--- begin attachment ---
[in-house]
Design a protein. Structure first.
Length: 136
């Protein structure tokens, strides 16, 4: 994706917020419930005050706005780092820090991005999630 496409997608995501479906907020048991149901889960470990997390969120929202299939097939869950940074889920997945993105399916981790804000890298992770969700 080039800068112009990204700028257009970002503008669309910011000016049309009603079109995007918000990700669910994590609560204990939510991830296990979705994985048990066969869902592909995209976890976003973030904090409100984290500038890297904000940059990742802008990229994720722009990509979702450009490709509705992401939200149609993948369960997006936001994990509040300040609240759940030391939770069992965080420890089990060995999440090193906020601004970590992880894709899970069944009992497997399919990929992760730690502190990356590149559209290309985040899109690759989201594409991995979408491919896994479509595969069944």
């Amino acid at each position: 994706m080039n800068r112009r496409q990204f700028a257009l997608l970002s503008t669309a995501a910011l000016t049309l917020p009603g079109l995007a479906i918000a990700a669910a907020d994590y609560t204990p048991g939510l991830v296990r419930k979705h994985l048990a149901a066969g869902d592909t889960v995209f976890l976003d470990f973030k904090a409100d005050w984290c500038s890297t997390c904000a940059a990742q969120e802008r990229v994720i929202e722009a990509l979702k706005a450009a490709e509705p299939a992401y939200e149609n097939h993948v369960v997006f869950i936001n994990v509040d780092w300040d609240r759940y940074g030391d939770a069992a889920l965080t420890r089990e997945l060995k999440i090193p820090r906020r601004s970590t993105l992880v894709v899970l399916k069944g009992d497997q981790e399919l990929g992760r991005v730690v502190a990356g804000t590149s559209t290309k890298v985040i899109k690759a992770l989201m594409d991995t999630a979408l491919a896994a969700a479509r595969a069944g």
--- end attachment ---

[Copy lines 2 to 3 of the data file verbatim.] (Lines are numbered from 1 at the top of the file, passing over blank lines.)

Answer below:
Design a protein. Structure first.
Length: 136